Up in the Limbs and Leaves
Gabrielle Angelino, Montco HRC

This tree I live in is very old.
It’s withering and rotting from the inside out. 
It was here long before our ancestors were brought here
- ankle to ankle, wrist to wrist-
in the humid hulls of ships:
built with the carcasses of our tree’s own ancestors. 
Up in the limbs and leaves
-the skin and bones of our tree-
curls and leans underneath the pressure of oppression.
The skin hates the bones for not holding it up;
the bones hate the skin for sagging.
Neither blames the roots who have carried poison throughout this tree for years under the cloak of nutrition. 
This tree I live in is scarred by war and marred by self-loathing.
If only it could look down at what lies just beneath its feet.
Rooting for Gold
Harrison Farina, Montco HRC

We gotta get to the roots
Don’t play with no leaf or no limbs
We gotta take back our fruits
And give them out 1 by 1.
Go down to the root
Like Albert Turner said
A doctor that can shoot
A dose of reality to the head
Cause we’re making room
And we gotta Zoom, now!
But not too fast, without looking
Cause then we’ll fall down and not know how.
But there’s something solid
We’re standing on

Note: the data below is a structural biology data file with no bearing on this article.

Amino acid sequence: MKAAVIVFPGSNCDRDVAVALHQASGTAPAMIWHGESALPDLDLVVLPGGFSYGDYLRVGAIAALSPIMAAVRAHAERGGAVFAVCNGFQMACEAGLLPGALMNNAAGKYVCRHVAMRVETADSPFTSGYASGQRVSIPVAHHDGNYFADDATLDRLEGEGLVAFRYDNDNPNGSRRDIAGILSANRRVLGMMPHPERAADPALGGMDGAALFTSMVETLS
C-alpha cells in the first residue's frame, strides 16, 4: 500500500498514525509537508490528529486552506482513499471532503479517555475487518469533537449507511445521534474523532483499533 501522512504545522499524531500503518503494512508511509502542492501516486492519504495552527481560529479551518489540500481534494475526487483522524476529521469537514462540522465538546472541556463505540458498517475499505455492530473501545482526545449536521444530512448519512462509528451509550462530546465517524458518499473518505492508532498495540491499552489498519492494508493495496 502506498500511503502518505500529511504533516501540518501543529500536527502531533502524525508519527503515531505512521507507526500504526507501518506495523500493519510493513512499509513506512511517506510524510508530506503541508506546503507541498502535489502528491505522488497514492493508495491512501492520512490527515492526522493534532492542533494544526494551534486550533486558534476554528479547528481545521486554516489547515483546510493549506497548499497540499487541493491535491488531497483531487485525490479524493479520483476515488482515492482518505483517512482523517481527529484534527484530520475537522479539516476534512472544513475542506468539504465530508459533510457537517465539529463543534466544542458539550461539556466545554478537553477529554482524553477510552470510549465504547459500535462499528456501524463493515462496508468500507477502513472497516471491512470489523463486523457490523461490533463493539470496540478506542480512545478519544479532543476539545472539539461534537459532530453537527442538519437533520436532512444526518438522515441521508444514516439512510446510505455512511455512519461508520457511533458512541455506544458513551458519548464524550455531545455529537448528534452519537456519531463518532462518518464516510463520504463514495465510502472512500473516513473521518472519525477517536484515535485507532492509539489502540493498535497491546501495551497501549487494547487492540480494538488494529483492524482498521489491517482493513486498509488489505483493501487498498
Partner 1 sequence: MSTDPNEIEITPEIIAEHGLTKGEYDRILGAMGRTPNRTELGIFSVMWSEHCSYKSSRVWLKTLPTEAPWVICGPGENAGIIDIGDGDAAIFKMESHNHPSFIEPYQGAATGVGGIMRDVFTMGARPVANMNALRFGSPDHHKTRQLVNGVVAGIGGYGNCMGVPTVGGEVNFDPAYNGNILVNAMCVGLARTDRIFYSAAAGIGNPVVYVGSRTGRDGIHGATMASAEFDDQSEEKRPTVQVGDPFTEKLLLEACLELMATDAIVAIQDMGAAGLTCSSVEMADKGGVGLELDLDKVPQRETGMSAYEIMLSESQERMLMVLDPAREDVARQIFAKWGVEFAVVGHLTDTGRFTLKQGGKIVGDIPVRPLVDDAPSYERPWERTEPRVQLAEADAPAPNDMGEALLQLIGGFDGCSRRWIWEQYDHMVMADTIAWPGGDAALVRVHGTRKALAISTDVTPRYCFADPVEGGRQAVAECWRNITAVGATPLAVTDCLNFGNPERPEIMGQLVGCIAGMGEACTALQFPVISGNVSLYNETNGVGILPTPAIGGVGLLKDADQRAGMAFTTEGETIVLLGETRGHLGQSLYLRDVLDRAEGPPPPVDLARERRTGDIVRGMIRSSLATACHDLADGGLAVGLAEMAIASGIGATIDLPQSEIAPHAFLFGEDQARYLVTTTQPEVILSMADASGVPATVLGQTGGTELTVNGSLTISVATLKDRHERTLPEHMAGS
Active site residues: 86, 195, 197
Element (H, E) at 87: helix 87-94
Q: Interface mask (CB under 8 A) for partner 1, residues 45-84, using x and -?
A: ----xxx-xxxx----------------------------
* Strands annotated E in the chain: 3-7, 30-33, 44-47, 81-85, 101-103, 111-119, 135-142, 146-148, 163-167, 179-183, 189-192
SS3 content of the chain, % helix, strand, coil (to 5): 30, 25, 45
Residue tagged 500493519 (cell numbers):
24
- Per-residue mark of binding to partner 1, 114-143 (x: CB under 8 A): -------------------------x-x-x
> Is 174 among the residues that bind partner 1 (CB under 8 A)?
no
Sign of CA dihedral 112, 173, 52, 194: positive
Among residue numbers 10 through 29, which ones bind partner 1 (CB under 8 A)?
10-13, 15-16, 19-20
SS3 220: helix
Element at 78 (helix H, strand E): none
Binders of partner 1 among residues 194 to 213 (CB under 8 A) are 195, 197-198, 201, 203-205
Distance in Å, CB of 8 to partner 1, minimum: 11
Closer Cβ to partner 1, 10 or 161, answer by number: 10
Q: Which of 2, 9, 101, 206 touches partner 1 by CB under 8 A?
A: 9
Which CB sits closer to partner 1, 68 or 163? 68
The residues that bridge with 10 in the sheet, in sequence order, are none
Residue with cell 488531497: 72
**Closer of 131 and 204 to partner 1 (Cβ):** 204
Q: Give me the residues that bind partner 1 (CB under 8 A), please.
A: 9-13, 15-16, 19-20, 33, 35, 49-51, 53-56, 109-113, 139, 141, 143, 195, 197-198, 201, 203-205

It doesn’t go down with the dawn
That’s our dignity, always under us though some times
We need a remindin’
But that’s where our collective
Rushes in with the findin’.
Cause we’re looking for gold
Just like you
Not just roots but gold, gold!
And not just a few.
Cause there’s a lot of us
And we’re here to stay
And we can’t afford to play
With falling leaves and branches.
Not just gold, but roots are important too
Grasp them if we want to get through
And make sure to wear gloves…
They’ll poison you while you say ah-choo!
We’re up against something big, but we can dig
Get to some solid ground
And look there! Roots
Turnips, beets, and all kinds of fruits!

Take em’ out, and take a bite
And kick the ass of the ruling class
With all our might!

Count Every Vote & Poor People’s Hearings

This past week Healthcare Rights Committees across the state demanded that every vote be counted and a full democracy for the poor and dispossessed!

It is our duty to make clear that as we support the democratic process, we won’t experience democracy as the poor and dispossessed – across party lines – until we actually have healthcare, housing, living wage jobs, transit, education, and freedom from discrimination, criminalization, incarceration, and detention.

We have been in crisis – before COVID, since COVID, before the election, and that crisis will continue after the election. To achieve democracy, in addition to voting and counting every vote, we need to: 

  1. Organize, organize, organize to build power for poor and dispossessed people across race and geography in Pennsylvania.
  2. Unite to overcome the divide and conquer strategies that pit white people against people of color and urban, suburban and rural people against each other.
  3. Build clear, competent, committed and connected leaders from every race, gender, sexual orientation, gender identity, age, ability, immigration status, and region.

On Wednesday, Karim Nathan from the Philadelphia HRC spoke at the Count Every Vote Action in Philly. Here is a live stream of Karim’s remarks: